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The hidden ring where Olympians train

"It pretty well came to be because of DeAnna Price"

TROY, Mo. — Tucked away in Lincoln County there's a farm that doesn't measure its success by the acre. Rather, meters and feet.

This is where Gary Cooper has spent the past decade cranking out successful shot putters, discus throwers and hammer throwers.

"Well, it pretty well came to be because of DeAnna Price," said Cooper during a recent practice session at his homemade throwing ring.

Today, Price is a two-time Olympian for Team USA.

But when Cooper met her through his own kids, she was a high school freshman in Troy who had never picked up a hammer like this one.

"I wind it, and I hit myself right in the forehead and I remember dropping it and I said, 'I don't think I'm going to do this anymore,'" Price said recently in an NBC Olympics interview.

But she did try the hammer again because Cooper saw her potential.

"She wanted a PR, a personal record, on every ball that she threw that day," he recalled of one of Price's earliest training days.

Cooper is a self-taught former high school volunteer track coach and agreed to train Price for high school competition.

However, hammer throw isn't a high school sport in Missouri, and he had trouble finding a place for her to practice.

So, Cooper built one in his front yard.

"Her attitude is the biggest thing. I told the other coaches, 'This kid could go to the Olympics in a throwing event,'" he said.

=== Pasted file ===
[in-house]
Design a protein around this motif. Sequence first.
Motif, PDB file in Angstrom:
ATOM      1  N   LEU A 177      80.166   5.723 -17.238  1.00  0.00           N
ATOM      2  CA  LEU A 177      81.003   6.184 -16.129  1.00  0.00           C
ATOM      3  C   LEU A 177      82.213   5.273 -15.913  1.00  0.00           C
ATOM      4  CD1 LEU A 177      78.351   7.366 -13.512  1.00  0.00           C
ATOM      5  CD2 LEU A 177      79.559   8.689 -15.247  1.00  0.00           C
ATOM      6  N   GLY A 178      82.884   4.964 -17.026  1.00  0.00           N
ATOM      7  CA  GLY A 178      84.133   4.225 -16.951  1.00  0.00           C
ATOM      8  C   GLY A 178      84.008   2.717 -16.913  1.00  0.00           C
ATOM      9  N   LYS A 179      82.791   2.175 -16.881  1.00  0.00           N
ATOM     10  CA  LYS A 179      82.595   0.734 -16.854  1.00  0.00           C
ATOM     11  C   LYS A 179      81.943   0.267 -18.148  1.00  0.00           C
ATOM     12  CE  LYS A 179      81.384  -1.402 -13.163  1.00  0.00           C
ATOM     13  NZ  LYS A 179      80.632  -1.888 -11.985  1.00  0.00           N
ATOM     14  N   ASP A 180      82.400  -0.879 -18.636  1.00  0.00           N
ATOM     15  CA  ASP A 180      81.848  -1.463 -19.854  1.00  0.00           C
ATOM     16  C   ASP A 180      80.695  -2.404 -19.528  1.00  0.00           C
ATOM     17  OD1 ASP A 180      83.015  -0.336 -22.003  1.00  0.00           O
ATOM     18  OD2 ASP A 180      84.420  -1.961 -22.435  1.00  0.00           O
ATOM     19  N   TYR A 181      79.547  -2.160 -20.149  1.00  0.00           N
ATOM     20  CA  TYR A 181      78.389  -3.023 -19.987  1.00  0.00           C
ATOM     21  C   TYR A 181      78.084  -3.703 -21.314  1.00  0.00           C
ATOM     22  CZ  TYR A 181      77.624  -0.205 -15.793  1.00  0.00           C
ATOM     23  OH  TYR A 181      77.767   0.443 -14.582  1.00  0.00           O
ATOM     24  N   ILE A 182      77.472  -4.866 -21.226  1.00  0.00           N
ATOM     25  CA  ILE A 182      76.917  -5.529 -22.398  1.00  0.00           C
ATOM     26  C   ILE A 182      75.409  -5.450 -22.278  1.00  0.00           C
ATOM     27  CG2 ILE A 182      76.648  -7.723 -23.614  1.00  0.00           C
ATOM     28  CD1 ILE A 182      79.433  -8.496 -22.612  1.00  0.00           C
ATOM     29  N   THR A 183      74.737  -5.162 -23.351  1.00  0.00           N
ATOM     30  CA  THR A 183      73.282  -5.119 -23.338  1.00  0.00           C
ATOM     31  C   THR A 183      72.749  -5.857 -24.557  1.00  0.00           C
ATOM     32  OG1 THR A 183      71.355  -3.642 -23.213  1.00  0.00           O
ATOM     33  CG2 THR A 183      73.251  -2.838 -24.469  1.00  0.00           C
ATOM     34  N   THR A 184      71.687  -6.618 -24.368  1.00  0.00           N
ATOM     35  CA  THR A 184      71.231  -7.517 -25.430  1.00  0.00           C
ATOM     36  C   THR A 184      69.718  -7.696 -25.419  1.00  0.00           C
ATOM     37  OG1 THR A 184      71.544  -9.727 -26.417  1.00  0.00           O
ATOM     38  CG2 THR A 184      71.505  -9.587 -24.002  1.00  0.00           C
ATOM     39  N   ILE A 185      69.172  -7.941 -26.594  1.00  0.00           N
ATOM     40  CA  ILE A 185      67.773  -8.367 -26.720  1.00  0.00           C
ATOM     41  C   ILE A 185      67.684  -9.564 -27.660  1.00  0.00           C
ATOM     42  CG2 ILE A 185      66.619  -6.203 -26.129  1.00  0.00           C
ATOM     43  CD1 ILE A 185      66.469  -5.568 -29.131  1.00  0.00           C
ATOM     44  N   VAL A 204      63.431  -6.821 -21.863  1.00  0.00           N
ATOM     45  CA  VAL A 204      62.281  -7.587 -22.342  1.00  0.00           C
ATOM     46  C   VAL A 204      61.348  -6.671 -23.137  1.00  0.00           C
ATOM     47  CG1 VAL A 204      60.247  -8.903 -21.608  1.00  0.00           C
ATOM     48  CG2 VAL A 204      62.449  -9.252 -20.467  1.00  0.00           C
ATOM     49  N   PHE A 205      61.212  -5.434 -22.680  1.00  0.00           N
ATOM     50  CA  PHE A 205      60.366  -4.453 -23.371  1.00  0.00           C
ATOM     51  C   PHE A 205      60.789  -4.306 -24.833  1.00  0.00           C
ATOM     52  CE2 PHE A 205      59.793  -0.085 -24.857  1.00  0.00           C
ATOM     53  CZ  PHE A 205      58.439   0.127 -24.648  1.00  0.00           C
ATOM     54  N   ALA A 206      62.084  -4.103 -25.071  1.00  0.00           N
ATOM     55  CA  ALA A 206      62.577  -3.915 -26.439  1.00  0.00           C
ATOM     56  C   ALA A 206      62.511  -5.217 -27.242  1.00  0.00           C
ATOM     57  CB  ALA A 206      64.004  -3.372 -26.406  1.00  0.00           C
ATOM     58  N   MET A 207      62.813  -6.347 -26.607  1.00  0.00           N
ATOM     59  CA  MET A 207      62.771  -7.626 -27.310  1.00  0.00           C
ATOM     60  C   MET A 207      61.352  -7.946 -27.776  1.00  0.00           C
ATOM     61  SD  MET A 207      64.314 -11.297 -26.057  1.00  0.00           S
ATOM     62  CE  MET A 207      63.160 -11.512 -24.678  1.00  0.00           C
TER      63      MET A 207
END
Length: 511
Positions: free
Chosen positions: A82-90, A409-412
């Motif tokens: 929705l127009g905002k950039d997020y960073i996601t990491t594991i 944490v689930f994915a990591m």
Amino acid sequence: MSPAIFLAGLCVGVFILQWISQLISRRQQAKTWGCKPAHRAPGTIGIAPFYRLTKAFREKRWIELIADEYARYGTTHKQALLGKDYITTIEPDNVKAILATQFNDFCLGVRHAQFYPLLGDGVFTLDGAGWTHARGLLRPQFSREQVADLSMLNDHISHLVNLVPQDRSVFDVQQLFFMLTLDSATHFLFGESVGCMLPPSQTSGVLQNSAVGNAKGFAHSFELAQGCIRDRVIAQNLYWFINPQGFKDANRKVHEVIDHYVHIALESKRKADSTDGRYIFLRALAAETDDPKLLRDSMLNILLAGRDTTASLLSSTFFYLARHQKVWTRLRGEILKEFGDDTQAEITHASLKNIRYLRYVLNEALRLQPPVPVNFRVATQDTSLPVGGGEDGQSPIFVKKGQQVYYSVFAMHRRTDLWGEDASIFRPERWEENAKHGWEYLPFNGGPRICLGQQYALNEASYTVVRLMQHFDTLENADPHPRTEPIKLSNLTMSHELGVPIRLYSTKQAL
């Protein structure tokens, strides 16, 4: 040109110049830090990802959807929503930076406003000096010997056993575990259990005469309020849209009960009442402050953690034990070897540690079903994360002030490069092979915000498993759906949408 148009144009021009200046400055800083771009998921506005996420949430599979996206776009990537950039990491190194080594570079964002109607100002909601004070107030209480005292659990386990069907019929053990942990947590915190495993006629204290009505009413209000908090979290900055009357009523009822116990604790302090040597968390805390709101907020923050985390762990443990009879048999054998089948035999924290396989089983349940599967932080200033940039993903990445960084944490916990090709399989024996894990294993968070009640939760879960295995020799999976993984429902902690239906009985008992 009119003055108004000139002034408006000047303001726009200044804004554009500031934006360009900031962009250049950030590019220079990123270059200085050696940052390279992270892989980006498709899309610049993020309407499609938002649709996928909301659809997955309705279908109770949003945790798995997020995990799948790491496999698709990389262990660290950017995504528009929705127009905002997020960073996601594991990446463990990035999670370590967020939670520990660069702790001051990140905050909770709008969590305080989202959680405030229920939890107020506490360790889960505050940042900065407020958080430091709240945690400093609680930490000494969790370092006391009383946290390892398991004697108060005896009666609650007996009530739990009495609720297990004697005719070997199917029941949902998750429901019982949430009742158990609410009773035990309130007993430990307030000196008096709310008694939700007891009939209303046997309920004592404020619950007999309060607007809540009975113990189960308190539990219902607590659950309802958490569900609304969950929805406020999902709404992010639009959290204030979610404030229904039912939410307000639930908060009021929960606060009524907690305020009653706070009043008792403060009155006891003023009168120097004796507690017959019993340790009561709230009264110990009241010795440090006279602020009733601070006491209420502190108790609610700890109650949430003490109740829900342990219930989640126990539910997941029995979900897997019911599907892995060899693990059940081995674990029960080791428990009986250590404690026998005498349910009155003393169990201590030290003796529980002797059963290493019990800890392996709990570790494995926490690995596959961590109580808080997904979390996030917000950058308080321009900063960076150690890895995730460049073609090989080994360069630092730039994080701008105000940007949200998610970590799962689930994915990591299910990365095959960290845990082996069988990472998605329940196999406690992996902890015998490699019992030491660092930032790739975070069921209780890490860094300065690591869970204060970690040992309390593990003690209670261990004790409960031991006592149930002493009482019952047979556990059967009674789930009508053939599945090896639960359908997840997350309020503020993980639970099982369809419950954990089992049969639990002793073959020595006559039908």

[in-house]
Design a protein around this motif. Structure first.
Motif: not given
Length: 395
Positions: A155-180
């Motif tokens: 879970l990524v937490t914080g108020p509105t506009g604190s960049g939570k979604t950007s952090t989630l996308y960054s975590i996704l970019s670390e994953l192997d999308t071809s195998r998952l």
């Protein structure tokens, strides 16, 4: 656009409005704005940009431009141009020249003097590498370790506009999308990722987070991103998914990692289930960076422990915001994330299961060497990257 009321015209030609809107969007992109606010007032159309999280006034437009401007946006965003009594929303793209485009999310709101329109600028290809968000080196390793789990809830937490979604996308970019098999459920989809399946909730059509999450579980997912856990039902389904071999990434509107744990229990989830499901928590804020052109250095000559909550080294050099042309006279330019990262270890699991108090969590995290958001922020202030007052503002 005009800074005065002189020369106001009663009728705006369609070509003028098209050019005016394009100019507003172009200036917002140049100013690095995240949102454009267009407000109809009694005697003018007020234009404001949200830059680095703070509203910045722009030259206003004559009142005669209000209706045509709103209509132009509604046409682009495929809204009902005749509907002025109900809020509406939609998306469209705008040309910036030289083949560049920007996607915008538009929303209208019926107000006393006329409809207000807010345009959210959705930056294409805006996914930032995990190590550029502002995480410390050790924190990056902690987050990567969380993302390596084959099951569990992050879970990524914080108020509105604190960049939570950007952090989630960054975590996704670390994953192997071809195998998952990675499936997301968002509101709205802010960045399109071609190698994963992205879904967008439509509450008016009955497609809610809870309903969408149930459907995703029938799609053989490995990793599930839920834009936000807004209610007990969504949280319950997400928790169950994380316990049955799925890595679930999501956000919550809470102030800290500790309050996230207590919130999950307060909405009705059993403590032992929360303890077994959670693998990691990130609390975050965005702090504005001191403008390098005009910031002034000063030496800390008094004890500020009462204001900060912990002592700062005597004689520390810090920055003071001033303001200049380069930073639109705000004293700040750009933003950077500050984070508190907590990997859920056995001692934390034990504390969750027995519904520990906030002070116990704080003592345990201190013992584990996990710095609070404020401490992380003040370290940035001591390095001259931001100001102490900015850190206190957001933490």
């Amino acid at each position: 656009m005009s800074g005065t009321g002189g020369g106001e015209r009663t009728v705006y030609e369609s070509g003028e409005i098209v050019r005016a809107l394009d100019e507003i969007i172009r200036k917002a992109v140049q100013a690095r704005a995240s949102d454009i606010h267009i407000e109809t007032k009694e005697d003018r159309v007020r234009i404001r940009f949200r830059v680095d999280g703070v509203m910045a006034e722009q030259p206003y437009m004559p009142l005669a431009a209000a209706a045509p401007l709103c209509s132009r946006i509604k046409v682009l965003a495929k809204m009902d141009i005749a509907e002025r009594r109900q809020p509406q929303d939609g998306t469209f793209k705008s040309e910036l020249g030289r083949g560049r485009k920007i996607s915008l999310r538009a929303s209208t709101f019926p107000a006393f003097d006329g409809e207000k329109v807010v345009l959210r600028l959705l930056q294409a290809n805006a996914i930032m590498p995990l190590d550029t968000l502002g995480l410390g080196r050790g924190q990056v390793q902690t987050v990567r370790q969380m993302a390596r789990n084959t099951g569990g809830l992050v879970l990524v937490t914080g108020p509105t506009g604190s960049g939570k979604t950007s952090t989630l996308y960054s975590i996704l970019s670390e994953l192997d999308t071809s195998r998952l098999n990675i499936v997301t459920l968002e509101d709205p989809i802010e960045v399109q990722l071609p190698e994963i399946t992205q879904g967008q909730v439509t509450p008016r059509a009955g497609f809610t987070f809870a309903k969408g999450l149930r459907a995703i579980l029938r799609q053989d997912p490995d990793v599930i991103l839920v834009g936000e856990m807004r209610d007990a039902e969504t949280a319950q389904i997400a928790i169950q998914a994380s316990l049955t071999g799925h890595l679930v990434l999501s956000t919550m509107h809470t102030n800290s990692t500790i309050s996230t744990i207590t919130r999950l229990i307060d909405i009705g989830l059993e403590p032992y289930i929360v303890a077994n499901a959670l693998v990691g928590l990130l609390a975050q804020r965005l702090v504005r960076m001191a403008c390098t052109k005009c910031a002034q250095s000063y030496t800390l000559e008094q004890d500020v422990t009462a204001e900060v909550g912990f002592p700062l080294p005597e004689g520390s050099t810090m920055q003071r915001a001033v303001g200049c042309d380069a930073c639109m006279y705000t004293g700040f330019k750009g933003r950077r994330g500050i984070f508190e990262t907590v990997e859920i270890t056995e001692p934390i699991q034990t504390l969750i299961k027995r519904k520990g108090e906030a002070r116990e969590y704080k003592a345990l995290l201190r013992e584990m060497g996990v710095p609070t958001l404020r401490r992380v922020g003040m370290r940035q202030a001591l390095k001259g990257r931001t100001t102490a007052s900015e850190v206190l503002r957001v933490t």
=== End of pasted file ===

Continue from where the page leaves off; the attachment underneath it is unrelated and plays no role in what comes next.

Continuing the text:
Four years later Price’s hammer throwing earned her a scholarship to SIU-Carbondale.

And in 2019, she beat the best winning gold at the World Championships.

"She really made me proud," Cooper said with his voice about to crack with emotion.

Does he see a little of his legacy in Price's two trips to the Olympic Games?

"I think so," he said modestly.

"I'm doing it now because I have a hard time not helping kids that that really have the talent and they don't have a place to go to (to train)," Cooper said.

In the ten years since he turned his front yard into a sanctioned throwing ring, Cooper has hosted more than 100 official meets with athletes from all over the region and even from other states.

And he's helped more than 70 athletes earn more than $2,000,000 in college scholarships.

"I get a lot of pride for the fact of knowing that kids have succeeded in their life besides throwing – getting a college scholarship," Cooper said.

A success maybe too big to measure.

"I mean, it's not a world class facility, but we have never had a porta potty here," he joked. "I have a very understanding wife. We have three bathrooms to get used by all these kids."

Cooper said he wishes he would have bought the property next door when it was for sale so he could've built a bed and breakfast for athletes to stay and train, since some have come from as far away as Canada to work in his ring.